than it and deprived of the primacy with which the twin Bahá’í
national communities labouring in the North American continent
have been invested by the unerring Pen of the Centre of
Bahá’u’lláh’s Covenant, yet able to achieve, under circumstances
no less challenging, a success wholly out of proportion
to their numbers, are eagerly awaiting the outcome of this initial
crusade embarked upon by this blessed, this envied community
This final phase of the first Plan, undertaken by a newly fledged, repeatedly blessed community, as it speeds to a close, must witness an upsurge of spirit, of courage and determination, a display of activity, a demonstration of self-sacrifice and of solidarity such as to eclipse its brightest achievements in the past. The highly meritorious tasks initiated in both Greenland and Newfoundland need not be enlarged at the present hour, but should, under no circumstances, be allowed to suffer any setback. The work started among the Eskimos and Indians should be maintained at its present level, and should not be permitted to decline. An extraordinary concentration of effort, systematic, determined and sustained, is however required throughout all the nine provinces of the Dominion, aiming at an unprecedented flow of contributions by the entire body of the believers, each according to his or her means, into the National Treasury; a marked increase in the number of pioneers; a much greater dispersion; a higher degree of austerity; a still nobler display of consecration—all of which must result in a speedy multiplication of Assemblies and groups, which constitutes the core of the Plan, and on which hinges its fortunes.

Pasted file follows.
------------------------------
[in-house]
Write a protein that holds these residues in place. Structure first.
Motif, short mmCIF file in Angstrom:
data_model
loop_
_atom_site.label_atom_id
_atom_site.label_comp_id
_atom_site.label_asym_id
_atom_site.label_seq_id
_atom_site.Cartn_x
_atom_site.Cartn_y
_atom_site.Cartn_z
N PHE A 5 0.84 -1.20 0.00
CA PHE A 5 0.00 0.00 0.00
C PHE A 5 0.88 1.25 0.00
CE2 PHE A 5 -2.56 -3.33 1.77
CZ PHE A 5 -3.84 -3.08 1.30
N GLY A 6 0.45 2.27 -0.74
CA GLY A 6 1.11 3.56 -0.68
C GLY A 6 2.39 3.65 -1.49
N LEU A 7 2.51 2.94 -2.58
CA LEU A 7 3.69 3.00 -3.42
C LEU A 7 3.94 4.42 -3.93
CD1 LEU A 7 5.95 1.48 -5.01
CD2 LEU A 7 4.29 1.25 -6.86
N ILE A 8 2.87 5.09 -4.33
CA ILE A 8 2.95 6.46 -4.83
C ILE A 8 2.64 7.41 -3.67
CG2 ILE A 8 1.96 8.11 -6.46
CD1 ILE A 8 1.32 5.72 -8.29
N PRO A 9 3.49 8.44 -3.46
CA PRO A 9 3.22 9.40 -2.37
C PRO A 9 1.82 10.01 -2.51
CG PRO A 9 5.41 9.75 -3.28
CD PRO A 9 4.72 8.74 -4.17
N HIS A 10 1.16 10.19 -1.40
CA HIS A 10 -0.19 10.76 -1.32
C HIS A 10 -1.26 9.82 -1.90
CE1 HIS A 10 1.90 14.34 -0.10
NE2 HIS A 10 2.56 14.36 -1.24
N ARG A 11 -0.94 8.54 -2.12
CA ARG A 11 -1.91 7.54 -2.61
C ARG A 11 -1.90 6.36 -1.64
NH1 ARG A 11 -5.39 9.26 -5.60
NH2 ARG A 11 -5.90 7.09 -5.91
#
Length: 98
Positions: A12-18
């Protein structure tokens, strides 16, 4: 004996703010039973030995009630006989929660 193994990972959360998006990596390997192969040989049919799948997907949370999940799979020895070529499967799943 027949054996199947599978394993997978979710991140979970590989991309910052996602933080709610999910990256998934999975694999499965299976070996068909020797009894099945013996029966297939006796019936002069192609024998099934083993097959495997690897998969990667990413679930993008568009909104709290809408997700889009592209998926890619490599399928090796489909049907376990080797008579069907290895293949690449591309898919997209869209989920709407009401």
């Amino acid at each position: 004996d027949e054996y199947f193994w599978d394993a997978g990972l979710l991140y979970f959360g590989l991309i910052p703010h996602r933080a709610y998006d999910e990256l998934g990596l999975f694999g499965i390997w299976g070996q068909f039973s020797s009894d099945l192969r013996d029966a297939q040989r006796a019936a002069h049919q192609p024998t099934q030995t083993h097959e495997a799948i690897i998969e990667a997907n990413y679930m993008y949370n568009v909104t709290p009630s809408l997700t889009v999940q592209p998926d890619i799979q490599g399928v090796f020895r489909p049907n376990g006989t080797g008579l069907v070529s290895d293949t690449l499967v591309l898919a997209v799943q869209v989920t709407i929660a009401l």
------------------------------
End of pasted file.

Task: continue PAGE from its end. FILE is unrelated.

The fleeting months ahead will be truly decisive. Upon the
success of the present Plan must depend, not only the joint
tribute to be paid by the Canadian Bahá’í Community to the
memory of the Founder of the Faith on the occasion of the
centenary of the Birth of His Revelation, but also the rapid
unfoldment of subsequent stages of the Mission which the Tablets
The opportunity given to this Community is precious, unutterably precious. The fate of this first historic Plan now hangs in the balance. The present chance, if lost, cannot be retrieved. The issues on which hinge the successful prosecution of the Plan are so weighty that none can assess them at present. The needs of a sorely-stricken society, groping in its distress for God’s redemptive Message, are growing more acute with every passing hour. The Canadian Bahá’í Community, newly emerged as an independent member of the Bahá’í World Community, so richly blessed through its elevation to the rank of a chosen prosecutor of a Divine Plan, unique, in many respects, among its sister communities in both Hemispheres in the manifold blessings bestowed upon it, can neither afford to flinch for a moment or hesitate in the discharge of its sacred duty. Every effort exerted by this community, during these fate-laden months, every sacrifice willingly endured by its members, will, if they but persevere, be richly blessed by Him Who brought it into being, who nursed it through His love, Who conferred upon it so distinguished a Mission, Who made such magnificent promises regarding its future, and Who will continue to sustain it though His unfailing, His abounding grace and favour.
May this Community, ever aware of the position it occupies, and of the bright prospects unfolding before it, brace itself for one, last, supreme effort, and ensure, while there is yet time, the complete and total success of the enterprise to which it stands committed.
|1.||Jameson Bond—first pioneer to the Canadian Arctic (District of Keewatin 1950–53, District of Franklin with Mrs. Gale Bond, 1953–63). They were named Knights of Bahá’u’lláh for Franklin. Jameson served on the National Spiritual Assembly of the Bahá’ís of Canada 1967–82. [ Back To Reference]|
|2.||Palle Bischoff—Danish believer, the first pioneer to Greenland (1951–54). [ Back To Reference]|
|3.||The Tablets of the Divine Plan,
revealed by |